Paul Samuelson, who died on December 13, had a tremendous influence on the economics profession, receiving the Nobel Prize in economics in 1970. He authored the largest-selling economics textbook of all time: Economics: An Introductory Analysis, first published in 1948.
He also had a profound effect on the investing world. In 1965, his paper published in Industrial Management Review found that market prices are the best estimate of value. Here are some of his words of wisdom regarding investing:
- "Investing should be dull. It shouldn't be exciting. Investing should be more like watching paint dry or grass grow. If you want excitement, take $800 and go to Las Vegas... It is not easy to get rich in Las Vegas, at Churchill Downs, or at the local Merrill Lynch office."
- "There are very few people or organizations who have any presumptive edge over a low-cost, no-load set of indices, particularly on a risk corrected basis. People used to say that you're settling for mediocrity. Isn't it interesting that the best brains on Wall Street can't achieve mediocrity?"
- "[A] respect for evidence compels me to incline toward the hypothesis that most portfolio decision makers should go out of business -- take up plumbing, teach Greek, or help produce the annual GNP by serving as corporate executives. Even if this advice to drop dead is good advice, it obviously is not counsel that will be eagerly followed. Few people will commit suicide without a push."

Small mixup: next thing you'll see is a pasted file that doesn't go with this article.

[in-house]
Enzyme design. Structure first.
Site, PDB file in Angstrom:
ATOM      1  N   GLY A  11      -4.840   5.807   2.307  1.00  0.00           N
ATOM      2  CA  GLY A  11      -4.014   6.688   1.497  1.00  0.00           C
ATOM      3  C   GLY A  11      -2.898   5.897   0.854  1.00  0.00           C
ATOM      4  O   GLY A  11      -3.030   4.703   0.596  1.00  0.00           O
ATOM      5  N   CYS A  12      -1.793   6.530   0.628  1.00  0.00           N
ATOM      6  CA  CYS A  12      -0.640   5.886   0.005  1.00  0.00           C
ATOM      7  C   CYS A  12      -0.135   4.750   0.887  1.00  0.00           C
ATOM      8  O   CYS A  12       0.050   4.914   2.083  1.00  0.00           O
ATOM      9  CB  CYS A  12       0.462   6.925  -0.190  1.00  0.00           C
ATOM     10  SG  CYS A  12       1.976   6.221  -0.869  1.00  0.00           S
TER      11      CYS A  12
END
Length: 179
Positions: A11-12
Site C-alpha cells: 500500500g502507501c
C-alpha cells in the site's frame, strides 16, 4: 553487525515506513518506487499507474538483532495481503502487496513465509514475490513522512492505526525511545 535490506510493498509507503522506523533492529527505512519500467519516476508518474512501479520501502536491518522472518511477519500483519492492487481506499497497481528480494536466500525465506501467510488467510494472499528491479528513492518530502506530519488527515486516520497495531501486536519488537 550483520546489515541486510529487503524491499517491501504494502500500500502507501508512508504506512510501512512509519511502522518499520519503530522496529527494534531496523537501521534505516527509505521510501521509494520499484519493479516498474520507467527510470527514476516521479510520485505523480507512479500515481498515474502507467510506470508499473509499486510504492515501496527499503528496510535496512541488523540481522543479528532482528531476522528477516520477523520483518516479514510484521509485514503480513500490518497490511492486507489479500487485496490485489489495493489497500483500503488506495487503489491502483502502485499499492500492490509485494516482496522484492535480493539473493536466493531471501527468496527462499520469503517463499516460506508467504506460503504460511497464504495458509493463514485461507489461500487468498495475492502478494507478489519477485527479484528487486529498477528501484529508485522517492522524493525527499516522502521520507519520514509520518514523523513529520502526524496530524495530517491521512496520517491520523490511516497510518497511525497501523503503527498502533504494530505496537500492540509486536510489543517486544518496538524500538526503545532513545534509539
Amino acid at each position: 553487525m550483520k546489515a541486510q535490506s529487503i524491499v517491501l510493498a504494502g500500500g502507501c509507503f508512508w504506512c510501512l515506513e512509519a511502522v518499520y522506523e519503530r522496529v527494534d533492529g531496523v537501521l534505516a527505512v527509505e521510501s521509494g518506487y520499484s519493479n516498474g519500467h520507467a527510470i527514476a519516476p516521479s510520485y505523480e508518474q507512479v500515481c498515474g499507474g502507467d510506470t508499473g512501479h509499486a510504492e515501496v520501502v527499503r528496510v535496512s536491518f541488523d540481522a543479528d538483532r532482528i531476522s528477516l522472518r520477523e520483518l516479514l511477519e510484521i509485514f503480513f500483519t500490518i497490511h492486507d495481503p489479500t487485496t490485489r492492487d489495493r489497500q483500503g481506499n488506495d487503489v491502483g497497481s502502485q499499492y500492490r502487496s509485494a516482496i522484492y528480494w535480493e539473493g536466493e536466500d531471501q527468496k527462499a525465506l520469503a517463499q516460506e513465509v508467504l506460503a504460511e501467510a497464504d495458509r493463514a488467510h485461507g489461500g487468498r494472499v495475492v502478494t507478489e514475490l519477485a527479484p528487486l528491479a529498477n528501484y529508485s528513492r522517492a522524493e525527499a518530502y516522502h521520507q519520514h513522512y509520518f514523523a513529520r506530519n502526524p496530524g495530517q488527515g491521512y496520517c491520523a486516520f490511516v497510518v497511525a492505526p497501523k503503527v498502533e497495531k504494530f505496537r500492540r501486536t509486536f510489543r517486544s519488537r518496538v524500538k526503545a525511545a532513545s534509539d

- "I don't believe we're converging on ever-improving forecasting accuracy."
- "You shouldn't spend much time on your investments. That will just tempt you to pull up your plants and see how the roots are doing, and that's very bad for the roots. It's also very bad for your sleep."
- Samuelson -- "This message (that attempting to beat the market is futile) can never be sold on Wall Street because it is in effect telling stock analysts to drop dead."
- Ross -- "The people on Wall Street simply can't imagine how they would make a living if they weren't trying to beat the market. But that's their problem, not yours. It's not your responsibility to provide livelihoods for stock analysts. What's rational on Wall Street isn't usually aligned with the best interests of you as an investor."